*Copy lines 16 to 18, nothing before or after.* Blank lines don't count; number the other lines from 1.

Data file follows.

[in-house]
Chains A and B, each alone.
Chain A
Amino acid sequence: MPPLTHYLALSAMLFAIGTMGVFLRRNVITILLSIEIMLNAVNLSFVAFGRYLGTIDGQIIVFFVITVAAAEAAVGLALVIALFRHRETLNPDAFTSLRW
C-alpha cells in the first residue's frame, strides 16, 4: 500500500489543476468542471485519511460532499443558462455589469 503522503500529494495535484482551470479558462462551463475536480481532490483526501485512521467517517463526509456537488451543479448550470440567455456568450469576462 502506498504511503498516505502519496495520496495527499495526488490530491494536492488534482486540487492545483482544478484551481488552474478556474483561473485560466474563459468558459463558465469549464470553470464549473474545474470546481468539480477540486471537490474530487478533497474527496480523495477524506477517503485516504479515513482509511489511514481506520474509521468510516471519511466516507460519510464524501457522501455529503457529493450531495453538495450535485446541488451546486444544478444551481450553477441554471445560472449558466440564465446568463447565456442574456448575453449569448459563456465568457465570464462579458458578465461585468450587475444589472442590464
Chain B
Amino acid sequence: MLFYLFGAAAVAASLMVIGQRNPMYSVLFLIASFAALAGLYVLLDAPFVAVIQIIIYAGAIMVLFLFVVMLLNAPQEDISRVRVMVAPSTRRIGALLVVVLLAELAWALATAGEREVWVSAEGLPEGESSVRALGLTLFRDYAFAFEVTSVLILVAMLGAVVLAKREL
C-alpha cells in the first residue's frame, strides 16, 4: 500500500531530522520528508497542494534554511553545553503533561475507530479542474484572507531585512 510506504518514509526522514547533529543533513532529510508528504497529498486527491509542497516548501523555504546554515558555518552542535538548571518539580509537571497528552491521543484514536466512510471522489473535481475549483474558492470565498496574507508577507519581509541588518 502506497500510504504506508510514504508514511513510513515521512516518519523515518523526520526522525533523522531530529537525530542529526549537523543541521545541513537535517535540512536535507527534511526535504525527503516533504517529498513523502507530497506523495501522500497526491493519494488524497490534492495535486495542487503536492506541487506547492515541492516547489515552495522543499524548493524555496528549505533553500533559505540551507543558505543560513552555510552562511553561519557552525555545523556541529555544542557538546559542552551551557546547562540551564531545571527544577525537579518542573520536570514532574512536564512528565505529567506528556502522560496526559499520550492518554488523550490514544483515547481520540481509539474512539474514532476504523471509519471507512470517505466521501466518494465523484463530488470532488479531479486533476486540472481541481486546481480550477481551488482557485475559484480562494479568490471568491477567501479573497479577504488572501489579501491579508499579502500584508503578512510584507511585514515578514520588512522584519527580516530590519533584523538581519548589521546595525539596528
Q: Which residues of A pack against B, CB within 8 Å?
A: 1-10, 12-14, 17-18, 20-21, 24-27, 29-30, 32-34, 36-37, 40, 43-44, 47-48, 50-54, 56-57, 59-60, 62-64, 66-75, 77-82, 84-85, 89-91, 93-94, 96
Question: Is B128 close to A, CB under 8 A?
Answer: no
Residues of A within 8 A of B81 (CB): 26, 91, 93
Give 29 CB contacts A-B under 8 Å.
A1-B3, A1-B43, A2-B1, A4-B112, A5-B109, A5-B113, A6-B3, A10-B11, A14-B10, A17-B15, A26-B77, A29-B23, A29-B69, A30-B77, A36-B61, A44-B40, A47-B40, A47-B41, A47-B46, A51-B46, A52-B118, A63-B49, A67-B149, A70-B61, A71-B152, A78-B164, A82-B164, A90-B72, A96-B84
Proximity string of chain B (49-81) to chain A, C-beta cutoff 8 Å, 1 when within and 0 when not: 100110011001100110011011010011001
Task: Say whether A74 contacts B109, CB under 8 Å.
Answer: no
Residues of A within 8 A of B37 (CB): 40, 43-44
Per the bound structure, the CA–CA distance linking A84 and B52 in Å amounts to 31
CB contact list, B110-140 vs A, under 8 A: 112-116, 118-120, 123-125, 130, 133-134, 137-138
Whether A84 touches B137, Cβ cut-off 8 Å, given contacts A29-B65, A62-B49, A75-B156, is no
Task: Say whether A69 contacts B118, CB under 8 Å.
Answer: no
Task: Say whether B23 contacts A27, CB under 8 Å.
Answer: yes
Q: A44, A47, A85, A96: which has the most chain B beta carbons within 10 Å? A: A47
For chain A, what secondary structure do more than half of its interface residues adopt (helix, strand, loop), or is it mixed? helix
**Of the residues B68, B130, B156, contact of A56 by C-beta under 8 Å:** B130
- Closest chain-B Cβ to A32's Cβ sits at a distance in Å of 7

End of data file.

Proximity string of chain B (49-81) to chain A, C-beta cutoff 8 Å, 1 when within and 0 when not: 100110011001100110011011010011001
Task: Say whether A74 contacts B109, CB under 8 Å.
Answer: no